New research has linked men’s tendency to travel further for work with the gender pay gap.
What it means: On average, men commute for longer than women do. Studies by the ONS (Office for National Statistics, which works out stats for the UK) say that 65 percent of commutes over an hour are taken by men, while 55 percent of commutes under 15 mins (ah, the dream) are taken by women.
If you’re one of those women with a short commute, you might think your less-fair counterparts are welcome to the extra time squished into some stranger’s armpit. But data from the IFS (Institute for Fiscal Studies, which does research to try and come up with good economic policies) says the “gender commuting gap” could possibly be one of the reasons women are often paid less than menfor the same work.
Their logic is that the further you’re willing to travel for work, the more chance you have of finding a job that’s perfect for your skillset, or gives you an opportunity to advance up the company ranks, or will just offer you a big-ass salary. Limit yourself to only those employers within a ten-minute radius of your home and, unless you live in the heart of Silicon Valley, you’re likely to have to just take whatever work you can get.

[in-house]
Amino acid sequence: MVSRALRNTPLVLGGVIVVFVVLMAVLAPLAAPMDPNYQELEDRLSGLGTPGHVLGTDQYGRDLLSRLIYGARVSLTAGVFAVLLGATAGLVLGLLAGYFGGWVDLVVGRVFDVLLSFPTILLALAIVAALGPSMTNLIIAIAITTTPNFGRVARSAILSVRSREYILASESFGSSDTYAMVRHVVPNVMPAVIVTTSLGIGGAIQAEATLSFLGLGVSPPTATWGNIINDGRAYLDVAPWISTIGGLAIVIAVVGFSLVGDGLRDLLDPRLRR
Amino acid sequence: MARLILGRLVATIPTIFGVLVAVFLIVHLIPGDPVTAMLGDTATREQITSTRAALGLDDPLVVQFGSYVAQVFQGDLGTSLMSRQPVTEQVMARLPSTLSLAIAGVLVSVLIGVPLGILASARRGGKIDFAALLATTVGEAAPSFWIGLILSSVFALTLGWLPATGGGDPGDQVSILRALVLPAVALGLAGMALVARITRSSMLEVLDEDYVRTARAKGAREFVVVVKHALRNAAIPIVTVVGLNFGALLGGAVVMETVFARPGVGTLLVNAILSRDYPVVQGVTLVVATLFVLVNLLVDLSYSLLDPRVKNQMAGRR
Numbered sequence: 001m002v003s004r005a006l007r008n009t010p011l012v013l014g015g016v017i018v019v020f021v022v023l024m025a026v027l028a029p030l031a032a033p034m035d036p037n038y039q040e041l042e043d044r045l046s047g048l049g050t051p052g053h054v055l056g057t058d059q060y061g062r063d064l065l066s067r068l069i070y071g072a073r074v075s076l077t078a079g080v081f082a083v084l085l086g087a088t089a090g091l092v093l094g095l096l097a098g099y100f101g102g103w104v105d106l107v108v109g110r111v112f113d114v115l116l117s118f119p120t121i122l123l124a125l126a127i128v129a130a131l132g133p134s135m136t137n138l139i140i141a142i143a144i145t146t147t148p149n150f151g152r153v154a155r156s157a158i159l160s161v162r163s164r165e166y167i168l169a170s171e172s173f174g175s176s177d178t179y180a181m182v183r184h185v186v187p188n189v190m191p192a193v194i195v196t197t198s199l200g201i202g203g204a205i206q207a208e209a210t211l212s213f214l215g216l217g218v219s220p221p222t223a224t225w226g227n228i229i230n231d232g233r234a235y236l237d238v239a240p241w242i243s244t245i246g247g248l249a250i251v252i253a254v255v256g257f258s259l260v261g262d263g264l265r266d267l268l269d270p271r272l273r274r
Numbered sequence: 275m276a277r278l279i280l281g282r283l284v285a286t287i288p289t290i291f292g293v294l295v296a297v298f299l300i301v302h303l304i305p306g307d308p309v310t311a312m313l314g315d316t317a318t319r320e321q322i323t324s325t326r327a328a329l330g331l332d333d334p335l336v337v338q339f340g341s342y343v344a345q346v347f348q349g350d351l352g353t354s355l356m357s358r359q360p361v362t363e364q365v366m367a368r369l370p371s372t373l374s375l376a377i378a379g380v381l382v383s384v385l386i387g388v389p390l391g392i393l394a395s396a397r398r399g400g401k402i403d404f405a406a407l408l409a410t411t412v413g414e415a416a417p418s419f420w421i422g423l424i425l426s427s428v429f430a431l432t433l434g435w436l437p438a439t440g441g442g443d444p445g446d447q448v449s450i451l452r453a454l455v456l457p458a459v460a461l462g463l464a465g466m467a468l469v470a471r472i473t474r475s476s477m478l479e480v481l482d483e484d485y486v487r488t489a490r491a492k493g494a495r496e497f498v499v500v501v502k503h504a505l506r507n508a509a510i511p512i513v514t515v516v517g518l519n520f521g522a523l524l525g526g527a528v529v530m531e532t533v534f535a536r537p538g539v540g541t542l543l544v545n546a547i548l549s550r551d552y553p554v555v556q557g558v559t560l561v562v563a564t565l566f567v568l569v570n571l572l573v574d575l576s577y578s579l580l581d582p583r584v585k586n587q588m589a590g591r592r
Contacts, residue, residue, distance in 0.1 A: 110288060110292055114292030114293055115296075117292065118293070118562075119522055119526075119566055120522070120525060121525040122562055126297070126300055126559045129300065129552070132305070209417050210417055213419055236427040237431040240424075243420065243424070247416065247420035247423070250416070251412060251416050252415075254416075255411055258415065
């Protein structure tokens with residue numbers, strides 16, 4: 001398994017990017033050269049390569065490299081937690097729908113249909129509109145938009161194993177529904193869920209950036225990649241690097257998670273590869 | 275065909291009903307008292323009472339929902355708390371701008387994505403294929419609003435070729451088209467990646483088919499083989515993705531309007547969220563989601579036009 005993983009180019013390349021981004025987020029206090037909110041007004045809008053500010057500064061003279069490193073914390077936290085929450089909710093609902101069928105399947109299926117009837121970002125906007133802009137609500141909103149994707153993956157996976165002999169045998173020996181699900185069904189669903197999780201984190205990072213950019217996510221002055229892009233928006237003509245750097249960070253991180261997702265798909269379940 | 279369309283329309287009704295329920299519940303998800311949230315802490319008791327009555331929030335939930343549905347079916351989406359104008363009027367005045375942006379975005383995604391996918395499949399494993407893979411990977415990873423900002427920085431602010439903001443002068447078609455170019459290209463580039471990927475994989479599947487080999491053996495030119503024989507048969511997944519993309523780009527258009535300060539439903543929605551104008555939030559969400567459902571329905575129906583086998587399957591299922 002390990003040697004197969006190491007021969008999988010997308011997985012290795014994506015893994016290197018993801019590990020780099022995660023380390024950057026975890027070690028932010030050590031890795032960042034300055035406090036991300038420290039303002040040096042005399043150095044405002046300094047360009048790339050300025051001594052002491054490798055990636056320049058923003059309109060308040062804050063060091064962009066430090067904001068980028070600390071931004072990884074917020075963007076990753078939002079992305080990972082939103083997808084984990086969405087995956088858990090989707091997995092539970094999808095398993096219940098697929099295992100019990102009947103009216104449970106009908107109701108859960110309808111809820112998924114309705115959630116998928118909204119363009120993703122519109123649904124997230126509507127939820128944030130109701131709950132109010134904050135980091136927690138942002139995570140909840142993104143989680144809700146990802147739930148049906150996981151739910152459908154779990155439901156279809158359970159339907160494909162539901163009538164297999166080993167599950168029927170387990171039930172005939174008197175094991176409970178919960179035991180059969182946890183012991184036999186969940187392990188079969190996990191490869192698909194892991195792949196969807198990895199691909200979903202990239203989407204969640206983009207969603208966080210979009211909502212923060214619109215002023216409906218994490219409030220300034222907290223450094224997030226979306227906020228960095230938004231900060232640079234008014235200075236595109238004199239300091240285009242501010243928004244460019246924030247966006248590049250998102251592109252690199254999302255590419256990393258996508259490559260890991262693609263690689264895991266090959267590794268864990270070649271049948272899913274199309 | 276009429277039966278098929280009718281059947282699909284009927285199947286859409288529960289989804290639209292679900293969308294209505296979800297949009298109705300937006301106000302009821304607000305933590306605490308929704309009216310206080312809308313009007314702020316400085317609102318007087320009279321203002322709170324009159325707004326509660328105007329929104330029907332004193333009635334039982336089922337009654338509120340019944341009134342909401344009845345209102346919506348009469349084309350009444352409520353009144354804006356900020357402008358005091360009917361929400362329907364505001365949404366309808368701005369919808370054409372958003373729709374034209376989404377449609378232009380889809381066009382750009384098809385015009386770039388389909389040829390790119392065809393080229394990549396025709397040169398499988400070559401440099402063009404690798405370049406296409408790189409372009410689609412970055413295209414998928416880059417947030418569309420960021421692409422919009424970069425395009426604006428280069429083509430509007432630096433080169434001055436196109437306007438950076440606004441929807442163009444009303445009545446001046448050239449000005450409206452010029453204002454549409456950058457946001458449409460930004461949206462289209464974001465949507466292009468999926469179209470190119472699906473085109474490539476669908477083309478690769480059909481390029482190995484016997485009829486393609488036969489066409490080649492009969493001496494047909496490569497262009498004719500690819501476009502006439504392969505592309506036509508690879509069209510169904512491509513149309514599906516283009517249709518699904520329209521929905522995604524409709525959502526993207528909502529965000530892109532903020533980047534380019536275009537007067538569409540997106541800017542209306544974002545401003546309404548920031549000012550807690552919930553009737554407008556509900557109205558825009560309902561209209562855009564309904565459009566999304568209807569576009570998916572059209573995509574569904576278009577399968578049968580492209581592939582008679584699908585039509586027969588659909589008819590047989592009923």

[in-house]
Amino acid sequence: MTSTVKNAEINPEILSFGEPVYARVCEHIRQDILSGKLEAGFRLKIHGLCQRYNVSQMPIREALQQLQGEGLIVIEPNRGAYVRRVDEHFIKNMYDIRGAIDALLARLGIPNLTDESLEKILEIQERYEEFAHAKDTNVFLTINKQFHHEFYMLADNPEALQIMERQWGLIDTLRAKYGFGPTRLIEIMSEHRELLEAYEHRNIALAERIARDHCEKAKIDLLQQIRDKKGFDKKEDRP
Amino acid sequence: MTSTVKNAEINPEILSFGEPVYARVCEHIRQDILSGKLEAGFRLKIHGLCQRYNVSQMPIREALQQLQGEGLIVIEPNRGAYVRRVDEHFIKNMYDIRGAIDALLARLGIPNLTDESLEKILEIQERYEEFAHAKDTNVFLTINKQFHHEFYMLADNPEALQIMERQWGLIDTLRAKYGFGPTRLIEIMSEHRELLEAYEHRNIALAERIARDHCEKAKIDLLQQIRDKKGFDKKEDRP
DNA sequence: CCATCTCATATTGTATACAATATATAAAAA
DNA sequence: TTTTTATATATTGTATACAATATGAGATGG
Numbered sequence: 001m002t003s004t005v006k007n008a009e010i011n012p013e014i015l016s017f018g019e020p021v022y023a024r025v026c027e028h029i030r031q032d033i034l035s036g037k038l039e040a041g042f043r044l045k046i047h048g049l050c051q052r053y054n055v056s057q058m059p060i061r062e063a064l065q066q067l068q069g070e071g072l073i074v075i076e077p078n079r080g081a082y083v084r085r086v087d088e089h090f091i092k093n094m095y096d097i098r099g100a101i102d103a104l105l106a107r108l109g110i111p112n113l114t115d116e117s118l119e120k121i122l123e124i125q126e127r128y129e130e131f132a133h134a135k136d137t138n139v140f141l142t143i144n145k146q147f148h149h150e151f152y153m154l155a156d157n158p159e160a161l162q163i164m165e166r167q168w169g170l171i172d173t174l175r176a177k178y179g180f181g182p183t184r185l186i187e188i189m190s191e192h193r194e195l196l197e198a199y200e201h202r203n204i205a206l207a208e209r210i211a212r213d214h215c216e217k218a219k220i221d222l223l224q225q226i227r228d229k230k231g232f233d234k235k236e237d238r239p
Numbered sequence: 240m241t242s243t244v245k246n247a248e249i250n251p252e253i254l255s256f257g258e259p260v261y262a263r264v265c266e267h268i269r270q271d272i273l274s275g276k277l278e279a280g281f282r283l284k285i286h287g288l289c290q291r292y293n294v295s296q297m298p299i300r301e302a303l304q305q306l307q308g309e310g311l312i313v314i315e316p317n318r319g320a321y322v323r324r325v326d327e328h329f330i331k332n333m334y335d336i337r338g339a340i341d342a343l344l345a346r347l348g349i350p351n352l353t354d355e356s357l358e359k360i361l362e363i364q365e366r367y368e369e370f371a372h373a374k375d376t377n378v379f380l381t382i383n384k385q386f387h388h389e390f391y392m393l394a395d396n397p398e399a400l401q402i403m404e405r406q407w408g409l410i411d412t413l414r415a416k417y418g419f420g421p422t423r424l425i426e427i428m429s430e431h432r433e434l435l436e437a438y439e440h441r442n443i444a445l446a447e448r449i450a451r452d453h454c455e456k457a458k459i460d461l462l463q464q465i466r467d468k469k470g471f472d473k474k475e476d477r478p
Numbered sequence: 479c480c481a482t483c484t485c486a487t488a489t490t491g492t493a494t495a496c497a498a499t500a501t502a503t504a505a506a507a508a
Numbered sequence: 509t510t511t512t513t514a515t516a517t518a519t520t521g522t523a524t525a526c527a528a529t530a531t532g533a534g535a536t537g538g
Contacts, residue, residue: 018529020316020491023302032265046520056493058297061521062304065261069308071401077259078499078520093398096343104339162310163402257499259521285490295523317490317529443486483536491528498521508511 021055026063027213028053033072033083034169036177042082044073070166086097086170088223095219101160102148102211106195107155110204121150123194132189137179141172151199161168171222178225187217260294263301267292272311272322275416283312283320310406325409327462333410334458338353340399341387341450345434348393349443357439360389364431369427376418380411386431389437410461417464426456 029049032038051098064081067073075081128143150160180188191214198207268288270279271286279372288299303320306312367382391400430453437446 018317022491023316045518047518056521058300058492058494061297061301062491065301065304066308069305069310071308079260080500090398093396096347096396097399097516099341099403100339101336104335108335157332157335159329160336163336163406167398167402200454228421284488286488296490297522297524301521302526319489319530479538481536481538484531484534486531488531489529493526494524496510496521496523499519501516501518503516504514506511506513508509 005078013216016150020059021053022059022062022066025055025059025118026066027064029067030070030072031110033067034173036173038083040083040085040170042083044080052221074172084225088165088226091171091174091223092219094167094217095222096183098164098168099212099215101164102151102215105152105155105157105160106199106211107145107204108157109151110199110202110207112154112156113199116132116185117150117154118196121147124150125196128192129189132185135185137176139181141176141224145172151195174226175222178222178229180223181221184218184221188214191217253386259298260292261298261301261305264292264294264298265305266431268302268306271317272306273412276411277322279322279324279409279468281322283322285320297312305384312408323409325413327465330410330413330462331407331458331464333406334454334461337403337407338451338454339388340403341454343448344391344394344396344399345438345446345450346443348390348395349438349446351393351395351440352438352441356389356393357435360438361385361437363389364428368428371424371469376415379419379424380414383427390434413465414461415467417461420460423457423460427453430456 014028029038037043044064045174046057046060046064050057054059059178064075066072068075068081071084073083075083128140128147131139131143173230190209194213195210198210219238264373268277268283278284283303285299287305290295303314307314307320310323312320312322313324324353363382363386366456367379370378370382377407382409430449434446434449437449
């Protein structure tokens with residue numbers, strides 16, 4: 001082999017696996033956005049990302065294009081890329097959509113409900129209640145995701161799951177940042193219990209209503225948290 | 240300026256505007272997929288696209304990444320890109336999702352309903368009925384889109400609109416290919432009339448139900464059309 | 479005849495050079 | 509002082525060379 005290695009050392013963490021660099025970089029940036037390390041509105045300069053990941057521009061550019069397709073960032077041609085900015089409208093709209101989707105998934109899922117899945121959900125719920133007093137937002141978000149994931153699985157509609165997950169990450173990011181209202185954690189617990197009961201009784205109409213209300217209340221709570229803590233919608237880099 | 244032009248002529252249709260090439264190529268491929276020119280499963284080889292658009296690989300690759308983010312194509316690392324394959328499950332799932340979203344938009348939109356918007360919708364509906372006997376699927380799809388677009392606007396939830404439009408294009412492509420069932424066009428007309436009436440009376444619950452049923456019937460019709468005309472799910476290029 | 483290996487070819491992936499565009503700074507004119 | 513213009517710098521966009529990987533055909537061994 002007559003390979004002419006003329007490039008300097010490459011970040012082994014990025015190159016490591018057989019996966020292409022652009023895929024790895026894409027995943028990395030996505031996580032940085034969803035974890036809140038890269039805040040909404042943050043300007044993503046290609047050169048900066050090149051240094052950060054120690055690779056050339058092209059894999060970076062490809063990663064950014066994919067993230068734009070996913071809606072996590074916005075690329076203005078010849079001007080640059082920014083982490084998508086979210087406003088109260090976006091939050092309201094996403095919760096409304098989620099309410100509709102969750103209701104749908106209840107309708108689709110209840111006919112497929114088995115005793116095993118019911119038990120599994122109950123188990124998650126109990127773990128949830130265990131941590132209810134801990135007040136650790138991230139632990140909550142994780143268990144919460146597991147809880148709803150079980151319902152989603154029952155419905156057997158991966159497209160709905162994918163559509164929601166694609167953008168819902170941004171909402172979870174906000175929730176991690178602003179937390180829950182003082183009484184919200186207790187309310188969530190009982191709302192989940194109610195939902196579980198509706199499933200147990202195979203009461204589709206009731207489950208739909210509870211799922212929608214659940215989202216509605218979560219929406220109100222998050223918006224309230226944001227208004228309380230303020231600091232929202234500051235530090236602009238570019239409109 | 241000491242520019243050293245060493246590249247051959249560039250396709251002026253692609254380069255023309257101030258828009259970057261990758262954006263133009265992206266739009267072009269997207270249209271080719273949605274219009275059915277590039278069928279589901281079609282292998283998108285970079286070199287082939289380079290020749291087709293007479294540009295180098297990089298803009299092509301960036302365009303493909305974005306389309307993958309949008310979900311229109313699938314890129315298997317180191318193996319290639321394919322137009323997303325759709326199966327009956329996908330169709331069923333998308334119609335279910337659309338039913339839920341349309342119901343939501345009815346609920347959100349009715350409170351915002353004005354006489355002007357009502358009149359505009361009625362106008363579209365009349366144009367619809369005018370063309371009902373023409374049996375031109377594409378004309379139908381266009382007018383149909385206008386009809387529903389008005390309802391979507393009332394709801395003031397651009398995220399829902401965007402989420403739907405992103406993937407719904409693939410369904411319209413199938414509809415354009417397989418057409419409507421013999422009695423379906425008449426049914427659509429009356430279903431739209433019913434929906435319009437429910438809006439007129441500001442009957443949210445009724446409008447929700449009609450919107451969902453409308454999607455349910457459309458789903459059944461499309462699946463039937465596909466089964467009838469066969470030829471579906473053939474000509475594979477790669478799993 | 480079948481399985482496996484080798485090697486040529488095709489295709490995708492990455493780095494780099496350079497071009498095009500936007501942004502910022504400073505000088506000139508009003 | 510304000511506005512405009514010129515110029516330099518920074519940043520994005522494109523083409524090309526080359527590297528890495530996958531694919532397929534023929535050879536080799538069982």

But some people - male and female - may feel that even if the IFS is right, better job prospects and a higher salary still don't outweigh the bad parts of commuting, such as higher travel costs, having less time to spend with loved ones and hobbies, and the negative effects on your health and productivity.
So how do we get what we need to live? Our livelihoods are our own personal answer to that question, whether it be job in a factory, setting up a start-up, or taking time out to travel. But the economy we live in affects the choices we have in setting up our livelihoods, and we rely on so many other workers around us to be able to do what we do… how do we get the balance right?